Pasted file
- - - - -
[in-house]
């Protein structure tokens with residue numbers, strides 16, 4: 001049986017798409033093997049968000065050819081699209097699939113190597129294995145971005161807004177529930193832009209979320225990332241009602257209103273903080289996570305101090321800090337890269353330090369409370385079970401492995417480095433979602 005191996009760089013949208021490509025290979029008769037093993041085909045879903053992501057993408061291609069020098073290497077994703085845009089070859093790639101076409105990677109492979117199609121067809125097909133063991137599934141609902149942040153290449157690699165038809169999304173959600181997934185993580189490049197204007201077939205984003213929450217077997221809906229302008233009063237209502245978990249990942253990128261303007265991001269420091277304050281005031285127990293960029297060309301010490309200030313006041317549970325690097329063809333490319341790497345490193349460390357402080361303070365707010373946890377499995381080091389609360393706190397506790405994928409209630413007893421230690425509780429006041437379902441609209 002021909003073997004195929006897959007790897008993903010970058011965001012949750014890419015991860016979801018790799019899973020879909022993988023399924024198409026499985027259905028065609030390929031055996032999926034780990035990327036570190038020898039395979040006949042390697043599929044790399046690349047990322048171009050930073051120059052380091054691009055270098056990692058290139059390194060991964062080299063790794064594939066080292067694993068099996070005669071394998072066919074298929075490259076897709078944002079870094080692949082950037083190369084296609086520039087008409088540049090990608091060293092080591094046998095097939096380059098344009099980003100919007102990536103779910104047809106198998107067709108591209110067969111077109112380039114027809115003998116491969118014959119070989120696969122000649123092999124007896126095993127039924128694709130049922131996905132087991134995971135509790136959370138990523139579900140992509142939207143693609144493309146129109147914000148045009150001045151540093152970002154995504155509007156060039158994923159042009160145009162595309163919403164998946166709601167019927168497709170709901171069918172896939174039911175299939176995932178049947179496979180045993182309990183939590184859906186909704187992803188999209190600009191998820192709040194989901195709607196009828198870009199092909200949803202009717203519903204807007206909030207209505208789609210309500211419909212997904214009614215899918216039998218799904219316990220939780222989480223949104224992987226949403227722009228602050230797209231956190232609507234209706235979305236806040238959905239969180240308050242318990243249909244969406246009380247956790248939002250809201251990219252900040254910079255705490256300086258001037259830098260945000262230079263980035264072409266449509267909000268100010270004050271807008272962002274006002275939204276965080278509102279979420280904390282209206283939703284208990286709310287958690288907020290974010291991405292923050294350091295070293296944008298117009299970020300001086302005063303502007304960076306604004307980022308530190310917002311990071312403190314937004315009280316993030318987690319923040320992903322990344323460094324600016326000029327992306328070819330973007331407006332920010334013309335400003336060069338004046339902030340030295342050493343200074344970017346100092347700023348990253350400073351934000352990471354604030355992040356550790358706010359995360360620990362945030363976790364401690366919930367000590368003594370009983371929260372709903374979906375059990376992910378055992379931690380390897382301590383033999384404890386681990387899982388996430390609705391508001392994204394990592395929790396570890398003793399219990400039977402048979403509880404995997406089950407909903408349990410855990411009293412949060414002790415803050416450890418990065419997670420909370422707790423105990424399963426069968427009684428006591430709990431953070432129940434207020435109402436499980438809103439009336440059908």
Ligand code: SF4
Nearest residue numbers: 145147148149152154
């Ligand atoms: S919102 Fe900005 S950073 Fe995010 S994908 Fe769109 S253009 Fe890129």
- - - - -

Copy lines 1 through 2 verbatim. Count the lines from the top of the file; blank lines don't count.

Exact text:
[in-house]
């Protein structure tokens with residue numbers, strides 16, 4: 001049986017798409033093997049968000065050819081699209097699939113190597129294995145971005161807004177529930193832009209979320225990332241009602257209103273903080289996570305101090321800090337890269353330090369409370385079970401492995417480095433979602 005191996009760089013949208021490509025290979029008769037093993041085909045879903053992501057993408061291609069020098073290497077994703085845009089070859093790639101076409105990677109492979117199609121067809125097909133063991137599934141609902149942040153290449157690699165038809169999304173959600181997934185993580189490049197204007201077939205984003213929450217077997221809906229302008233009063237209502245978990249990942253990128261303007265991001269420091277304050281005031285127990293960029297060309301010490309200030313006041317549970325690097329063809333490319341790497345490193349460390357402080361303070365707010373946890377499995381080091389609360393706190397506790405994928409209630413007893421230690425509780429006041437379902441609209 002021909003073997004195929006897959007790897008993903010970058011965001012949750014890419015991860016979801018790799019899973020879909022993988023399924024198409026499985027259905028065609030390929031055996032999926034780990035990327036570190038020898039395979040006949042390697043599929044790399046690349047990322048171009050930073051120059052380091054691009055270098056990692058290139059390194060991964062080299063790794064594939066080292067694993068099996070005669071394998072066919074298929075490259076897709078944002079870094080692949082950037083190369084296609086520039087008409088540049090990608091060293092080591094046998095097939096380059098344009099980003100919007102990536103779910104047809106198998107067709108591209110067969111077109112380039114027809115003998116491969118014959119070989120696969122000649123092999124007896126095993127039924128694709130049922131996905132087991134995971135509790136959370138990523139579900140992509142939207143693609144493309146129109147914000148045009150001045151540093152970002154995504155509007156060039158994923159042009160145009162595309163919403164998946166709601167019927168497709170709901171069918172896939174039911175299939176995932178049947179496979180045993182309990183939590184859906186909704187992803188999209190600009191998820192709040194989901195709607196009828198870009199092909200949803202009717203519903204807007206909030207209505208789609210309500211419909212997904214009614215899918216039998218799904219316990220939780222989480223949104224992987226949403227722009228602050230797209231956190232609507234209706235979305236806040238959905239969180240308050242318990243249909244969406246009380247956790248939002250809201251990219252900040254910079255705490256300086258001037259830098260945000262230079263980035264072409266449509267909000268100010270004050271807008272962002274006002275939204276965080278509102279979420280904390282209206283939703284208990286709310287958690288907020290974010291991405292923050294350091295070293296944008298117009299970020300001086302005063303502007304960076306604004307980022308530190310917002311990071312403190314937004315009280316993030318987690319923040320992903322990344323460094324600016326000029327992306328070819330973007331407006332920010334013309335400003336060069338004046339902030340030295342050493343200074344970017346100092347700023348990253350400073351934000352990471354604030355992040356550790358706010359995360360620990362945030363976790364401690366919930367000590368003594370009983371929260372709903374979906375059990376992910378055992379931690380390897382301590383033999384404890386681990387899982388996430390609705391508001392994204394990592395929790396570890398003793399219990400039977402048979403509880404995997406089950407909903408349990410855990411009293412949060414002790415803050416450890418990065419997670420909370422707790423105990424399963426069968427009684428006591430709990431953070432129940434207020435109402436499980438809103439009336440059908």